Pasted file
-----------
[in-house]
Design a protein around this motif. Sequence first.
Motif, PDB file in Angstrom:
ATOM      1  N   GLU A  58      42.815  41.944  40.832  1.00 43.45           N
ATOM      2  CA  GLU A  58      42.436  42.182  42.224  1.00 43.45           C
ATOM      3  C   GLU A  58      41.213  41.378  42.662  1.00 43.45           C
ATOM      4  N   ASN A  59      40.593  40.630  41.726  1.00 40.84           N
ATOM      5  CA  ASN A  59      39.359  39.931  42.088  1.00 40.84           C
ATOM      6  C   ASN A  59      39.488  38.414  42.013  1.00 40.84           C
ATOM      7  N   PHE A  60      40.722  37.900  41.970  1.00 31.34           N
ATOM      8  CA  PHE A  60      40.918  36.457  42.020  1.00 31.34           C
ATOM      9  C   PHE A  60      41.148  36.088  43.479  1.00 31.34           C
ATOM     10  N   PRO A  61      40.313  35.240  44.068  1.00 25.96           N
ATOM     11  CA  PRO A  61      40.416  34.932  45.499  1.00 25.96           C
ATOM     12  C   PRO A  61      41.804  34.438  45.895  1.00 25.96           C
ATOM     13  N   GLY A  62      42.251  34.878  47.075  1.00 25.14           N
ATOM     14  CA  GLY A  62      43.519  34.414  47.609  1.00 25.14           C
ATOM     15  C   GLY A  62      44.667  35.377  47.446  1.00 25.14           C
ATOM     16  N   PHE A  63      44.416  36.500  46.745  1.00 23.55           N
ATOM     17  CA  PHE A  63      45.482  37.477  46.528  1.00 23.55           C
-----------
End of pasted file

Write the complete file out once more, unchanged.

[in-house]
Design a protein around this motif. Sequence first.
Motif, PDB file in Angstrom:
ATOM      1  N   GLU A  58      42.815  41.944  40.832  1.00 43.45           N
ATOM      2  CA  GLU A  58      42.436  42.182  42.224  1.00 43.45           C
ATOM      3  C   GLU A  58      41.213  41.378  42.662  1.00 43.45           C
ATOM      4  N   ASN A  59      40.593  40.630  41.726  1.00 40.84           N
ATOM      5  CA  ASN A  59      39.359  39.931  42.088  1.00 40.84           C
ATOM      6  C   ASN A  59      39.488  38.414  42.013  1.00 40.84           C
ATOM      7  N   PHE A  60      40.722  37.900  41.970  1.00 31.34           N
ATOM      8  CA  PHE A  60      40.918  36.457  42.020  1.00 31.34           C
ATOM      9  C   PHE A  60      41.148  36.088  43.479  1.00 31.34           C
ATOM     10  N   PRO A  61      40.313  35.240  44.068  1.00 25.96           N
ATOM     11  CA  PRO A  61      40.416  34.932  45.499  1.00 25.96           C
ATOM     12  C   PRO A  61      41.804  34.438  45.895  1.00 25.96           C
ATOM     13  N   GLY A  62      42.251  34.878  47.075  1.00 25.14           N
ATOM     14  CA  GLY A  62      43.519  34.414  47.609  1.00 25.14           C
ATOM     15  C   GLY A  62      44.667  35.377  47.446  1.00 25.14           C
ATOM     16  N   PHE A  63      44.416  36.500  46.745  1.00 23.55           N
ATOM     17  CA  PHE A  63      45.482  37.477  46.528  1.00 23.55           C